|Publication number||US4678329 A|
|Application number||US 06/789,280|
|Publication date||Jul 7, 1987|
|Filing date||Oct 18, 1985|
|Priority date||Oct 18, 1985|
|Publication number||06789280, 789280, US 4678329 A, US 4678329A, US-A-4678329, US4678329 A, US4678329A|
|Inventors||Frank J. Lukowski, Jr., Harry B. Hammill, III|
|Original Assignee||Calspan Corporation|
|Export Citation||BiBTeX, EndNote, RefMan|
|Patent Citations (15), Non-Patent Citations (2), Referenced by (40), Classifications (21), Legal Events (5)|
|External Links: USPTO, USPTO Assignment, Espacenet|
This invention relates to method and apparatus for determining the position and orientation of a target with respect to a sensor. Both the target and the sensing unit may be affixed to movable objects, although generally the target will be stationary, and the sensing unit will be attached to a self-propelled vehicle.
There are many prior art devices which attempt to determine the location of a vehicle with respect to a target. In these devices, the vehicle carries a sensing unit, the output of which controls some function of the vehicle, such as its forward motion, steering control or the vertical location of the forks. The target might be the pallet itself or the frame or rack on which the pallet is supported. Some of the prior art devices employ specialized marks whose dimensions are known; others utilize special light projectors and sense the light reflected from the target for positioning a vehicle, or a component of the vehicle, such as the forks of a lift truck.
When using a plurality of marks located on the target, it is difficult, and becomes close to impossible, to determine accurately all six degrees of freedom, that is, horizontal position--right and left, horizontal position--forward and back, vertical position, roll, pitch and yaw. These prior art systems do not give adequate positional information, especially when the vehicle is positioned directly in front of the target, to guide the vehicle accurately.
This invention is directed to a target member for use in a positioning system for providing at least three identifiable images positioned with respect to a sensor carried by a self-propelled vehicle. These three images are located so as to provide an unambiguous frame of reference thereby to allow the determination of all six positional and orientational degrees of freedom from a single observation of the target by the sensor.
By translating or rotating the plane of the images from what has traditionally been normal viewing by the sensor to a plane which is essentially parallel to a line from the sensor to the target, positional ambiguities are resolved and accurate information regarding the relative location of the vehicle to the target is obtainable, even when the vehicle is located directly in front of the target.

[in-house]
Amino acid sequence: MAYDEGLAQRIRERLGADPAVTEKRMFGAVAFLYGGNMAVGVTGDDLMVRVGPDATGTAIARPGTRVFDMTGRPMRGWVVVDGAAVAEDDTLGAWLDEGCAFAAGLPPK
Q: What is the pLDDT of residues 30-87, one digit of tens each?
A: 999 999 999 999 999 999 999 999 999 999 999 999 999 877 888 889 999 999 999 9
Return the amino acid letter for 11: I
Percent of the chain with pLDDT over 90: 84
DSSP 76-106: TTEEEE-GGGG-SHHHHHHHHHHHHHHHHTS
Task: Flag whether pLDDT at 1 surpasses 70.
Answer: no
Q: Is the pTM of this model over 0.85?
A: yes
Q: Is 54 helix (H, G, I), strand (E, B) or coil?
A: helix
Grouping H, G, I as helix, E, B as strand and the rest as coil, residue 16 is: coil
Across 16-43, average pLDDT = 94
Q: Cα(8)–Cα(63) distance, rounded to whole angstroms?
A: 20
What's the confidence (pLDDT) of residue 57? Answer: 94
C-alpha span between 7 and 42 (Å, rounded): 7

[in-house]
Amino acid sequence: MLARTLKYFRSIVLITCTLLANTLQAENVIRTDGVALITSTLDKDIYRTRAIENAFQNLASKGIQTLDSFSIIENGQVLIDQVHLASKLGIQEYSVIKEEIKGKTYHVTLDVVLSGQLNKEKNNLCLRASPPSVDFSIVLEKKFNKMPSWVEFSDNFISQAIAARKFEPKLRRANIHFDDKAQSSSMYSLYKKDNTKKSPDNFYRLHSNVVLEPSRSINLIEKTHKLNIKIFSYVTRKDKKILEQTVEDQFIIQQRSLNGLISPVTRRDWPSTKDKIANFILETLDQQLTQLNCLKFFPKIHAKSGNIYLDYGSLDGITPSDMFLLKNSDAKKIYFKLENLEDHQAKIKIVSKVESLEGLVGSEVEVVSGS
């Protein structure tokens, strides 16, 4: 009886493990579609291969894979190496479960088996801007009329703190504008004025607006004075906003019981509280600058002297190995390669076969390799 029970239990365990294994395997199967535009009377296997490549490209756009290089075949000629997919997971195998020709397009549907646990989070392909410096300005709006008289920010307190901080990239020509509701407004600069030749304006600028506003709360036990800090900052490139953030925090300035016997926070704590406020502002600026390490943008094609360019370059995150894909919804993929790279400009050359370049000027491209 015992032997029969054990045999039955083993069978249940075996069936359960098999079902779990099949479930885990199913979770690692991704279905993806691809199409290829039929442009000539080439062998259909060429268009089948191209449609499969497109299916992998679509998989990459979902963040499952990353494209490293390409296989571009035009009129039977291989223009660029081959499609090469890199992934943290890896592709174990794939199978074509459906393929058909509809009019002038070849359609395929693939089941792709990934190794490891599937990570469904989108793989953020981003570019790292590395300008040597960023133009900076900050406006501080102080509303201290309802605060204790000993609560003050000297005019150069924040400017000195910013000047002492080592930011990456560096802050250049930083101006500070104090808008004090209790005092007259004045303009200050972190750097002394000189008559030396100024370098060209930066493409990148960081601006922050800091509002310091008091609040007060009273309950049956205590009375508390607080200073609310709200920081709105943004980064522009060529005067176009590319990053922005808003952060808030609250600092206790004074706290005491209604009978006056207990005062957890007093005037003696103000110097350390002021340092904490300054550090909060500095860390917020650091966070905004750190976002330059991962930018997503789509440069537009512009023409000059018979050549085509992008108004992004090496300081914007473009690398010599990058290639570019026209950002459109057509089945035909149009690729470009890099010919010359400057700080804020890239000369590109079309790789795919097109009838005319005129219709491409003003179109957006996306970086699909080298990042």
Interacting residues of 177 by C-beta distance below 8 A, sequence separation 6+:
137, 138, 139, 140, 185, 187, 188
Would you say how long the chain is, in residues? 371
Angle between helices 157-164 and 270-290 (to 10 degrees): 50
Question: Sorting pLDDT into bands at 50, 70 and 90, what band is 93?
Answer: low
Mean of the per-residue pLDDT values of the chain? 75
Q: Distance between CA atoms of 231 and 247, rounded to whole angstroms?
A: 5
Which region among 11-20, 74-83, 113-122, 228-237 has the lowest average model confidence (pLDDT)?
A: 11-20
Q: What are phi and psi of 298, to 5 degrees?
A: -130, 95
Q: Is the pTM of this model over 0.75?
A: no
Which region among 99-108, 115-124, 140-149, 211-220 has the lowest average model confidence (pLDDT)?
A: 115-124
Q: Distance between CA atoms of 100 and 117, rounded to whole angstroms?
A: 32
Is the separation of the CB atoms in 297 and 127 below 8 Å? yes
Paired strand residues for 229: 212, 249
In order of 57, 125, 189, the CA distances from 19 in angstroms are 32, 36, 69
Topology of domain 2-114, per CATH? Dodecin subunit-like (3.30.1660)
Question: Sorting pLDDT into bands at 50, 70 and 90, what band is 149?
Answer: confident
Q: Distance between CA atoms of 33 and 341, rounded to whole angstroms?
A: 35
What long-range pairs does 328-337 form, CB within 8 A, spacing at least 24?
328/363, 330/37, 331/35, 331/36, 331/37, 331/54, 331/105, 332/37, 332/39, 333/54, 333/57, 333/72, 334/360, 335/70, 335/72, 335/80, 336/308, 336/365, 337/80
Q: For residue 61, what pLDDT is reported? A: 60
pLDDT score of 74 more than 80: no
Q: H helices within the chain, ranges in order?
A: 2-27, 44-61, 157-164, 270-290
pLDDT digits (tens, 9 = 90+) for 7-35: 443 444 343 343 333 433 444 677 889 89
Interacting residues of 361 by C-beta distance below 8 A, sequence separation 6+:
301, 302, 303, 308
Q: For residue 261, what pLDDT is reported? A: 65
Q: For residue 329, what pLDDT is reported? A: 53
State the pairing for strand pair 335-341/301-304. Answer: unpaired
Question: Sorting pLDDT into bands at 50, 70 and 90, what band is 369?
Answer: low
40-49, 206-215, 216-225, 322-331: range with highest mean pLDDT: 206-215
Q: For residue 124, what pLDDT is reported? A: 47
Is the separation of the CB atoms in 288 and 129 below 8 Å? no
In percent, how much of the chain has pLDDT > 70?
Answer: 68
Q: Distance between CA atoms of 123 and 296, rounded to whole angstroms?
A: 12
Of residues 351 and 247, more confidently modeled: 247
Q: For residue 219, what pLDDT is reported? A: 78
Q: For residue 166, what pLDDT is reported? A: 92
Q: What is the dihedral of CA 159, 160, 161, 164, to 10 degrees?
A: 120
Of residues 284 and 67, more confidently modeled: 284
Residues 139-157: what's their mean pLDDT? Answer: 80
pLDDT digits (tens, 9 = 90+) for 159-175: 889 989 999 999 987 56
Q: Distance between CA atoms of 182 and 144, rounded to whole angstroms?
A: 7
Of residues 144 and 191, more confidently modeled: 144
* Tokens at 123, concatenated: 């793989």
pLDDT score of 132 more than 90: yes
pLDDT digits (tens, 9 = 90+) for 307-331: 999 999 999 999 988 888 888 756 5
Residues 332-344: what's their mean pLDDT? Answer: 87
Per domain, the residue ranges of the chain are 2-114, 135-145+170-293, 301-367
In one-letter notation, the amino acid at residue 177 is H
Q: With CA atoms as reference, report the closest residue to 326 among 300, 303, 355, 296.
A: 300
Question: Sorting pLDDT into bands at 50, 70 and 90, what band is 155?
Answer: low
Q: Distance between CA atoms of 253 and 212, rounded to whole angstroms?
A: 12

In one embodiment of the invention, the target includes at least three reflector elements mounted on a support member. The target and the reflector elements provide a thin, essentially flat surface while at the same time providing to the vehicle mounted sensor the appearance of a target having considerable depth. The mirrors are selected so that the images of a light source carried by the vehicle define a plane and a circle. The plane is not normal to the sensor viewing axis, and the circle does not include the sensor. A light source was chosen as the identifying means so that it could be readily detected by commercially available sensing devices, such as a small television camera.
Preferably, the reflector elements have at least two different radii of curvature. For example, two of the reflectors may be convex and have the same radius of curvature, and the third reflector may be concave. The radius of curvature and diameter of each are selected so that the reflection of the light source may be viewed by a sensor when the vehicle is within a predetermined field of view with respect to the target. It is necessary, of course, to allow the vehicle to approach the target from some distance, and to identify the location of the target from some acceptable viewing angle.
The target member may also include retroreflector members which provide a brilliant and rather large reflection whenever the light source is flashed. The position of the reflections from the retroreflector members are used to determine the area on the sensor's image plane where the desired reflections of the light source from the curved reflector elements are to be found.
The target member may also include coded means for identifying the specific target, such as a bar code that may be scanned to confirm that the target within the field of view of the sensor is the one to be engaged by the vehicle.
Since the geometry of the reflector elements is known, the positions of the reflections on the image plane of the camera will provide the information necessary to determine accurately the relative location of the camera, and vehicle on which it is carried. Armed with this information, a guidance system may be programmed to manuever the vehicle into proper position with respect to the target.
In the preferred embodiment, the identifying means is a light source, and specifically a xenon strobe lamp for providing a short duration, high intensity pulse of light directed away from the front of the vehicle along the axis of the camera and back to the sensor via the mirrors. Ideally, the camera and the light source would be collocated. It is possible to use half silvered mirrors so that the center of the light source falls upon the axis of the lens of the camera. However, a practical embodiment of the invention places the light source immediately above the camera. It has been found that this slight offsetting does not appreciably affect the accuracy of the measurements taken.
It is, therefore, an object of this invention to provide a target member for use in a positioning system that employs at least three reflector elements with each of the reflector elements being so configured to form images of an identifying means in a plane that is oriented other than normal to a line from the identifying means to the plane.